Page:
The University of Melbourne has entered an agreement with US start-up company Procypra Therapeutics LLC to develop a class of drugs for treating neurological diseases such as Parkinson’s disease. Parkinson’s disease is a progressively degenerative neurological disorder that affects approximately 6.3 million worldwide. It causes changes to key proteins in the brain making them toxic.
Cross-disciplinary research at the University of Melbourne and the Florey Institute of Neuroscience and Mental Health has found that a class of synthetic compounds called copper bis (thiosemicarbazones) can potentially treat Parkinson's disease and other neurodegenerative diseases. Copper bis have the potential to treat the disease by preventing modifications to the proteins occur.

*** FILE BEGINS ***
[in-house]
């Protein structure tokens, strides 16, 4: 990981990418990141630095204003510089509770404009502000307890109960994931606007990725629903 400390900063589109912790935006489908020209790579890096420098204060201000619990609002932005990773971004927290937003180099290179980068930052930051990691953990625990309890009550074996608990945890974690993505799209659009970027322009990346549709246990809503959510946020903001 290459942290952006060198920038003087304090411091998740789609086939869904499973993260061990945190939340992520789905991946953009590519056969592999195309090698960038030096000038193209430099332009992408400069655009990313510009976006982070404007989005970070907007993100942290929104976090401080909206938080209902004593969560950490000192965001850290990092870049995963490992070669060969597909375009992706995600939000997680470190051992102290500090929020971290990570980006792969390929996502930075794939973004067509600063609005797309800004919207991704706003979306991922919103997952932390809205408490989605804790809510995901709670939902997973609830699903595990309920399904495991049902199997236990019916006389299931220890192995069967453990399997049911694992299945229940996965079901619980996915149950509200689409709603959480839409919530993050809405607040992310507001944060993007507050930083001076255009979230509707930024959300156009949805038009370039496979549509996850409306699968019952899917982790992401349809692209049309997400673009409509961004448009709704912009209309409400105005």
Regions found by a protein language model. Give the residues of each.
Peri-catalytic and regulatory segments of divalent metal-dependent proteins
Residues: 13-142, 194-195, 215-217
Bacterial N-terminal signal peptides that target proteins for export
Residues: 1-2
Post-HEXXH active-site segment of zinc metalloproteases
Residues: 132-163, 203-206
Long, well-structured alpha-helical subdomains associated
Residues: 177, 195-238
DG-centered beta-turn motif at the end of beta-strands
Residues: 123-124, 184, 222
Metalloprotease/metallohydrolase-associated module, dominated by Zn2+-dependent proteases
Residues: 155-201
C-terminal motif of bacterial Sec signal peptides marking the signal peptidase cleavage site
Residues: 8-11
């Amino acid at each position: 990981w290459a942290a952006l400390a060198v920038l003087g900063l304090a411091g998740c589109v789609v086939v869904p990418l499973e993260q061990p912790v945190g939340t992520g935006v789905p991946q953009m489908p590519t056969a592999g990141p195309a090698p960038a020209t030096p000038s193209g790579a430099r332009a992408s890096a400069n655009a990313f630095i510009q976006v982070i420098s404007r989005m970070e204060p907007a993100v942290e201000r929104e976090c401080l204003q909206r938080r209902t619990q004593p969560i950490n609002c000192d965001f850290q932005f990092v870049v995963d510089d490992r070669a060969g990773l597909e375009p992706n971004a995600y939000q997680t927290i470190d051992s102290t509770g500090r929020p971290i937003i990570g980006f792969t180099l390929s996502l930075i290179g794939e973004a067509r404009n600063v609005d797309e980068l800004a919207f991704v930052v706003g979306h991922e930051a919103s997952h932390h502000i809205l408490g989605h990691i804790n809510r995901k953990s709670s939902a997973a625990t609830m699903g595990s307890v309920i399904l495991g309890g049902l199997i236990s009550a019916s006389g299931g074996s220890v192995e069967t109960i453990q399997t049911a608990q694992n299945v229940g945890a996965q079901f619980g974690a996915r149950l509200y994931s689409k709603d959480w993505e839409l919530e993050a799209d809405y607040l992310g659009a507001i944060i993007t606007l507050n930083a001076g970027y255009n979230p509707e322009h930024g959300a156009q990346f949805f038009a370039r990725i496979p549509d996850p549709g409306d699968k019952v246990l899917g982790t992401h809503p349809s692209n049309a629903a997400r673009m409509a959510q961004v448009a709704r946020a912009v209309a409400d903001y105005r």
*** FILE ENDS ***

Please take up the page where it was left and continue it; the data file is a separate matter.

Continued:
The research was led by Dr Paul Donnelly, Professor Kevin Barnham, and Professor Anthony White, all of them from different departments of the University. The idea of developing a new therapy for the treatment of the devastating disease was from Procypra, but the members of the University of Melbourne adopted the project. Professor Frances Separovic gave her point of view about this agreement, which according to her: “Reflects the desire for innovative research at The University of Melbourne to be translated into impact and recognizes the importance of working with academic collaborators, like the Florey Institute of Neuroscience and Mental Health and industry partners to achieve this goal”. Under the arrangement, the University will receive royalty payments from the sale of products by Procypra. The Company anticipates that first-in-human clinical trials will commence within 3 years.
University of Melbourne enters agreement to develop therapy for Parkinson's disease